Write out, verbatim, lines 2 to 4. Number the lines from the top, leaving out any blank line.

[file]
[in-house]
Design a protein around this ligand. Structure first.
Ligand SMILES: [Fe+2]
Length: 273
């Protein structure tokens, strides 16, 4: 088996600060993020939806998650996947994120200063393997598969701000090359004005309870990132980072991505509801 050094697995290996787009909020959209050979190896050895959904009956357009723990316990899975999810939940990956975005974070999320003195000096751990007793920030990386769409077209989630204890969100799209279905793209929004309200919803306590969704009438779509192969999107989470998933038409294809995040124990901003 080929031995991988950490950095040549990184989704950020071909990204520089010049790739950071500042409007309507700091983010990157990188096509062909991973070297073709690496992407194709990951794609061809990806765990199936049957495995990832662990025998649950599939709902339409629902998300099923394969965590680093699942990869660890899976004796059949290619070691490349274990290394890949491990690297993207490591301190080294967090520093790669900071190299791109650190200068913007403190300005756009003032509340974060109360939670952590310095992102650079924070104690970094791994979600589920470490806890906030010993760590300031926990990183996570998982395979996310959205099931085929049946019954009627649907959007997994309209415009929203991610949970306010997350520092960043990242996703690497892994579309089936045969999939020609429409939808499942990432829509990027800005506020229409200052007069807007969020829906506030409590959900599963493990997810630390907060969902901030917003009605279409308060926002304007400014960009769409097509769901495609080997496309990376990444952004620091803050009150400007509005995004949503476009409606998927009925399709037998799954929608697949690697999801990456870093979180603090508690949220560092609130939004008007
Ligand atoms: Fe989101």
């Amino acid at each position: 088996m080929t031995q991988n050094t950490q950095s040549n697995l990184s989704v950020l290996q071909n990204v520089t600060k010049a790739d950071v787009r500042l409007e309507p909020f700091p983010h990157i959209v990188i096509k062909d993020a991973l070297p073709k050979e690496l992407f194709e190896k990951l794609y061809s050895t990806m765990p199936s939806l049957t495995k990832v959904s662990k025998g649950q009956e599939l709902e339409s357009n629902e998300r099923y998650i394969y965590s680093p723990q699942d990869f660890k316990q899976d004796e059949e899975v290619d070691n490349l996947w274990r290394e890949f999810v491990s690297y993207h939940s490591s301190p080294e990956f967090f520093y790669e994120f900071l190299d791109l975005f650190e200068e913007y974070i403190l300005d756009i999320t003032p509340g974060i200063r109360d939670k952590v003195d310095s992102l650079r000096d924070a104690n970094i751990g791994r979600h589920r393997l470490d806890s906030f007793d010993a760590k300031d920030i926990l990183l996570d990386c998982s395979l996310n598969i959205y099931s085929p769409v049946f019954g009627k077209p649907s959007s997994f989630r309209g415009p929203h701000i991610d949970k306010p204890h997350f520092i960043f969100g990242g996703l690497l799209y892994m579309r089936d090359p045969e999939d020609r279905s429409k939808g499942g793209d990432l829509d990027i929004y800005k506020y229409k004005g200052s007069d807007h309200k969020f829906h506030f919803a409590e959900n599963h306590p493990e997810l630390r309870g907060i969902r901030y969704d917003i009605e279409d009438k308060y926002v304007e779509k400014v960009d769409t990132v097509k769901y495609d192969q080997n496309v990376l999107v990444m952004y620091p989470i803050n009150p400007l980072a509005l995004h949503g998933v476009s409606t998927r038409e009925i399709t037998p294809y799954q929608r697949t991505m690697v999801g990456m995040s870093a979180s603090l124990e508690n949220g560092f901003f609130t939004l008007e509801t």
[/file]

Design a protein around this ligand. Structure first.
Ligand SMILES: [Fe+2]
Length: 273